nylon. Thus using the real nail becomes almost impossible. Instead, a little
plectrum (or fake nail) is attached to each finger of the right hand. The
plectrums are usually made of turtle shell or special plastics.
Notation for the pipa combines symbols for pitch (Kung-ch'e system) with
abbreviated characters for special finger techniques. Today, a simplified
version of music scores are commonly used in which numbers representing
pitches and symbols representing finger techniques are used. Meanwhile, the
standard Western music score has been used increasingly because it has
advantages in ensemble pieces and in particular for pipa concertos
There was a huge repertoire of pipa music in Chinese history, particularly
during the Tang dynasty. But most of the pieces were lost. Fortunately, there
are precious pipa pieces handed down from one generation to another by
individual artists and scholars. Some pieces have been preserved in Japan
and other musical scores were discovered along the Silk Road in Gansu
Province, China, around 1900. These musical notations, known as the
Dunhuang scores from the Tang Dynasty (7-9th century) triggered great
concern and interest within China as well as abroad. However, they remained
a mystery until the early 1980s, when the scholar, Prof. Ye Dong from the
Shanghai Conservatory of Music, successfully "decoded" 25 of the pieces.
The beauty and elegance of these pieces has thus first been revealed to the
public after having slept for a thousand years.
Pipa music has been loved by Chinese people through the centuries. During
the Ming (1368-1644) and Qing (1645-1911) dynasties, various pipa schools
with different styles flourished in the South, centered in Wuxi, Suzhou and
Shanghai, and the North, centered in Beijing. The development of finger
techniques for both hands achieved a high standard by the masters from
each school. The present day pipa techniques are mostly the fusion of those
different schools. Now the pipa is one of most popular instruments in China.
Many of the compositions that make up the traditional repertoire, which
were handed down from generation to generation through individual artists
and scholars, date back hundreds of years, while others are part of a body of

compositions that are dynamic and growing. In more recent times,

composers have explored the possibilities for the pipa and other Chinese and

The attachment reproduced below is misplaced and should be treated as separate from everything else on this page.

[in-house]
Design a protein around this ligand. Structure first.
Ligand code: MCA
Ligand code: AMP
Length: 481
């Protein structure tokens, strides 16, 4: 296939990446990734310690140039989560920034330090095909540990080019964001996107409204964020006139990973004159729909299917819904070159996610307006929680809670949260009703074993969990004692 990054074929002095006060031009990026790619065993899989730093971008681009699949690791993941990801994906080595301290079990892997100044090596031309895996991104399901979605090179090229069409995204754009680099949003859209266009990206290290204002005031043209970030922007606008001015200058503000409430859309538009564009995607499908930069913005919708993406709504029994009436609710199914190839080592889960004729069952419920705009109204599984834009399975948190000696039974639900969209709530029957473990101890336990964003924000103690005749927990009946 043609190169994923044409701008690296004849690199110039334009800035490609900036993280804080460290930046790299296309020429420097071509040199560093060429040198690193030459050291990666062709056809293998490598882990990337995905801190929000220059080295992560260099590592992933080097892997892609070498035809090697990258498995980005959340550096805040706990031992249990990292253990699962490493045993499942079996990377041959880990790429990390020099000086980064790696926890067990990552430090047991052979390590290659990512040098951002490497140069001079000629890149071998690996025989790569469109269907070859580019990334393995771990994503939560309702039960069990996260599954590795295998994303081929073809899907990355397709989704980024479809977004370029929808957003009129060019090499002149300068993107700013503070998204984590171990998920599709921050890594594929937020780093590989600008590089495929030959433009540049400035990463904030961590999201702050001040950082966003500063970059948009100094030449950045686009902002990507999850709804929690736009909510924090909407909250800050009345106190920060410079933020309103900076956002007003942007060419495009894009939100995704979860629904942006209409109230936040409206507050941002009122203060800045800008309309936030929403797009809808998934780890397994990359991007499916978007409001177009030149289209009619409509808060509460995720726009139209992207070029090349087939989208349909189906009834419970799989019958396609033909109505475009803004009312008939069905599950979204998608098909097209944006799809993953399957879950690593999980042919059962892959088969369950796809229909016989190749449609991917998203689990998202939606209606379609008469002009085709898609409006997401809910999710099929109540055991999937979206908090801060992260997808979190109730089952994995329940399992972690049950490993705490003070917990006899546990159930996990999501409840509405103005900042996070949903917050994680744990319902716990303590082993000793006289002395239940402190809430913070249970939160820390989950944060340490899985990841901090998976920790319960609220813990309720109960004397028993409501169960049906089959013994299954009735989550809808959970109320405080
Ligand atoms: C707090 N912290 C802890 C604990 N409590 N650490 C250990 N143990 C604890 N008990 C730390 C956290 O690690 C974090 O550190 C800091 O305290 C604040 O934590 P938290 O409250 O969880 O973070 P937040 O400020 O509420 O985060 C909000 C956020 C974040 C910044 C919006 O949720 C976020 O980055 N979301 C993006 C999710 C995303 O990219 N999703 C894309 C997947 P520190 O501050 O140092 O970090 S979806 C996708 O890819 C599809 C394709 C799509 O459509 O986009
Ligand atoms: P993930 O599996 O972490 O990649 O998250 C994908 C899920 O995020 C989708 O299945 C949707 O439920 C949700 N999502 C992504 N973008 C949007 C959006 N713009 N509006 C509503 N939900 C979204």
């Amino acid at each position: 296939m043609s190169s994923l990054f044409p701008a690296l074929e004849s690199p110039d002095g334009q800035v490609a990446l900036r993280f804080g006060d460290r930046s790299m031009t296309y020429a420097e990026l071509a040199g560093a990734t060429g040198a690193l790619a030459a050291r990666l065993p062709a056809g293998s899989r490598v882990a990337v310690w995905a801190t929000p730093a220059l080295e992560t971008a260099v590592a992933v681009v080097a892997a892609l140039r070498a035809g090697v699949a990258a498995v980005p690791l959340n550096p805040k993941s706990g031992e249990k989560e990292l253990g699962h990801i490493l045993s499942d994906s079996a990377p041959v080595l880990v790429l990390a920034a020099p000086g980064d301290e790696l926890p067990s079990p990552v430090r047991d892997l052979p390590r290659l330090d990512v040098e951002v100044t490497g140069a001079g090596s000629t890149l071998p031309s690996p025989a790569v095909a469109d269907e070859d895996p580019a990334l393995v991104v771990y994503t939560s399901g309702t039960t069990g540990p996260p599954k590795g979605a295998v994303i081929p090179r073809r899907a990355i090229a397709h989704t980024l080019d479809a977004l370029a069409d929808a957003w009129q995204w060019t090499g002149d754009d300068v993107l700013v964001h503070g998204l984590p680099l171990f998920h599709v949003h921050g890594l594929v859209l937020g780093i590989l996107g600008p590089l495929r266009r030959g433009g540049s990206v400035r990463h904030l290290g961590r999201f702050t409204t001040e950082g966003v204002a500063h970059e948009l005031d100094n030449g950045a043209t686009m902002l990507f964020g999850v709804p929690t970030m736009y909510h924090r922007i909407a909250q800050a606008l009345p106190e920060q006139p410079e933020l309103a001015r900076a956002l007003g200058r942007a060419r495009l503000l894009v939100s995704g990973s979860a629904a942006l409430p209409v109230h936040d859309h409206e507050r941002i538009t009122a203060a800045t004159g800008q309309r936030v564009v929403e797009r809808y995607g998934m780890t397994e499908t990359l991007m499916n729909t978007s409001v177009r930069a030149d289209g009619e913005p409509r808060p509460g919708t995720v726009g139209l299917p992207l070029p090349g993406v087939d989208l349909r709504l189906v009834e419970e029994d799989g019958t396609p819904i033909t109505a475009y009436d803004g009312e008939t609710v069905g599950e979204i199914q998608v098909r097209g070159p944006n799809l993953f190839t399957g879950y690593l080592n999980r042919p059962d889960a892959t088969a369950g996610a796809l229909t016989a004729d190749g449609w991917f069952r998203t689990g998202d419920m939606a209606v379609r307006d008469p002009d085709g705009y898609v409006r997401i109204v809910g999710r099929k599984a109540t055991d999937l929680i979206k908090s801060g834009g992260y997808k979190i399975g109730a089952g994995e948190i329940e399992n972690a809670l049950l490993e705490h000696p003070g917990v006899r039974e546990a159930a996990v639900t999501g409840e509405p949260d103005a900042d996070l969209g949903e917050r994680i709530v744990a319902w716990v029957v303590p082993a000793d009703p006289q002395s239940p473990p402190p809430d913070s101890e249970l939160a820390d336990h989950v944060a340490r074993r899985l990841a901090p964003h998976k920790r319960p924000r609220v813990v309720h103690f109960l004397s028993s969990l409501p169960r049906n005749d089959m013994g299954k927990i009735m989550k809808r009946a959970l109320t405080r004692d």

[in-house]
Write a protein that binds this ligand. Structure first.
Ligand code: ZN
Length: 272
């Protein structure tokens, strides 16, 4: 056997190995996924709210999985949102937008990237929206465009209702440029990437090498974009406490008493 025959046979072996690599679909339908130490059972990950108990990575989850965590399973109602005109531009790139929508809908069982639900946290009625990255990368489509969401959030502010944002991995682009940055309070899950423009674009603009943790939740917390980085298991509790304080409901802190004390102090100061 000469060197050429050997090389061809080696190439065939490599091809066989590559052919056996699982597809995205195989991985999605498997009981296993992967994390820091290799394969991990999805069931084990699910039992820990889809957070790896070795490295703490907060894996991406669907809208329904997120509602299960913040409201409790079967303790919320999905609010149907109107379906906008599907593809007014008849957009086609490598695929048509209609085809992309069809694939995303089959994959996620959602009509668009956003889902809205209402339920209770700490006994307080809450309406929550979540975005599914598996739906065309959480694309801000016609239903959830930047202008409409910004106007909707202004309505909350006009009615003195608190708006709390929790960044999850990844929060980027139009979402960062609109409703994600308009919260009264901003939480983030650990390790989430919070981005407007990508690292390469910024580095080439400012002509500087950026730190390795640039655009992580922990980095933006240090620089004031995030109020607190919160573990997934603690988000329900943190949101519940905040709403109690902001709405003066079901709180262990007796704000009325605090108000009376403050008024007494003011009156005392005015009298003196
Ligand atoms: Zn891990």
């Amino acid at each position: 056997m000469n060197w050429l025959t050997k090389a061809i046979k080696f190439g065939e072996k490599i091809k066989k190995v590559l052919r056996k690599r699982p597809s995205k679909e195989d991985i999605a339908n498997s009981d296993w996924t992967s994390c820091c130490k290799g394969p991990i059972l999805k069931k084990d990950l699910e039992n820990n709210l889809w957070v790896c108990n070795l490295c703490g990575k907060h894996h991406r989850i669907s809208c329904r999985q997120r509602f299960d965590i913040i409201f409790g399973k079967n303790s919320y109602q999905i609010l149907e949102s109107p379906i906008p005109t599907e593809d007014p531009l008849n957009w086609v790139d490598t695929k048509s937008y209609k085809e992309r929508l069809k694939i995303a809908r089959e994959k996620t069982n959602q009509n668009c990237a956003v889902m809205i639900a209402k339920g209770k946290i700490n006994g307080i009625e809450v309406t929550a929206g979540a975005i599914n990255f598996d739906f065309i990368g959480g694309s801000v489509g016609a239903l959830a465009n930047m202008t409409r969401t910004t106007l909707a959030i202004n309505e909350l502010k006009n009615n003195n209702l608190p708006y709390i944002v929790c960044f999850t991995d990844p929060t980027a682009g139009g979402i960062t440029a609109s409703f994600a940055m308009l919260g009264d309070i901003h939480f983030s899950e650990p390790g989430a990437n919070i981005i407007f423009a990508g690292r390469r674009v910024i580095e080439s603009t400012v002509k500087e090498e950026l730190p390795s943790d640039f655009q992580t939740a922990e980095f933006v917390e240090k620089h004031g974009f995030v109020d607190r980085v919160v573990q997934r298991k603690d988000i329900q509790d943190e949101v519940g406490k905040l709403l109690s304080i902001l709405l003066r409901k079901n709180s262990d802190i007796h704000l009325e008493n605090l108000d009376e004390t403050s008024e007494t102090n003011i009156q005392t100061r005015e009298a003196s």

Western instruments, even with orchestra. Nowadays, there are a number of
celebrated pipa concerti.
The playing techniqueconsists of
Liu Fang demonstrates some basic
the right hand fingers plucking the
pipa techniques. There are about 60
strings and the left hand fingers
different playing techniques for the
touching the strings in a variety of
ways to create melodies, ornaments
and special effects. The fingers that
For more music videos, click here
pluck the strings move outwards,
just the opposite to guitar
techniques. The frets are pretty high, which allows the string to be pushed,
twisted, and pressed. There are over 60 different techniques that have been
developed through the centuries.
The pipa's technique is characterized by spectacular finger dexterity and
virtuosic programmatic effects. Rolls, slaps, pizzicato, harmonics, and noises
are often combined into extensive tone-poems vividly describing famous
battles or other exciting scenes, such as the Ambush (see the demo video
#2 below). This type is called "wu qu" (martial style). This example
describes the decisive battle fought in the second century BC between Chu
(Xiang Yu) and Han (Liu Bang). The instrument is also capable of more lyric
effects, in the category of "wen qu" (civil styles) such as the famous tunes
"Fei Hua Dian Cui" (Swirling snow decorates the evergreen, see the demo
video #1 below) or Sai Shang qu(Songs from the other side of the border).
The former uses a scene in nature as metophor to describe human feeling.
The latter is said to represent the sorrowful song of a Han dynasty (206 BC 220 AD) noblewoman, who was compelled for political reasons to marry a
barbarian prince. This story appears in several versions connected with the
origin of the pipa. There are also a lot of written texts and famous poems
about the pipa music played by virtuoso performers in history. For instance,
the following comments can be found in the texts from the Tang Dynasty
(618 - 907) describing the intensity of the Ambush played by artists of that
time : "... as if thousands of warriors and horses are roaring on the battle
field, as if the earth is torn and the sky is falling". In his poem, thePipa
Song, Bai Juyi, one of the leading poets in the Tang Dynasty, described
vividly the pipa music performed by an artist: "... The thicker strings rattled
like splatters of sudden rain, the thinner ones hummed like a hushed
whisper. Together they shaped strands of melody, like larger and smaller
pearls falling on a jade plate."

Pipa () - berbentuk buah pir kecapi cemas dengan 4 atau 5 string

Pipa, a four-string lute in pear shape, is an instrument that witnesses the cultural
communication. The instrument was introduced from Central Asia around 2,000
years ago, and became very popular in the Tang Dynasty (618-907), when the
society embraced exotic art forms fervently. Through ages, the instrument has
become an indispensable part of traditional Chinese music.

The Pipa tunes have very diverse styles, and are traditionally classified as either
Wen Qu (civil and mild tone) or Wu Qu (martial and fierce tone).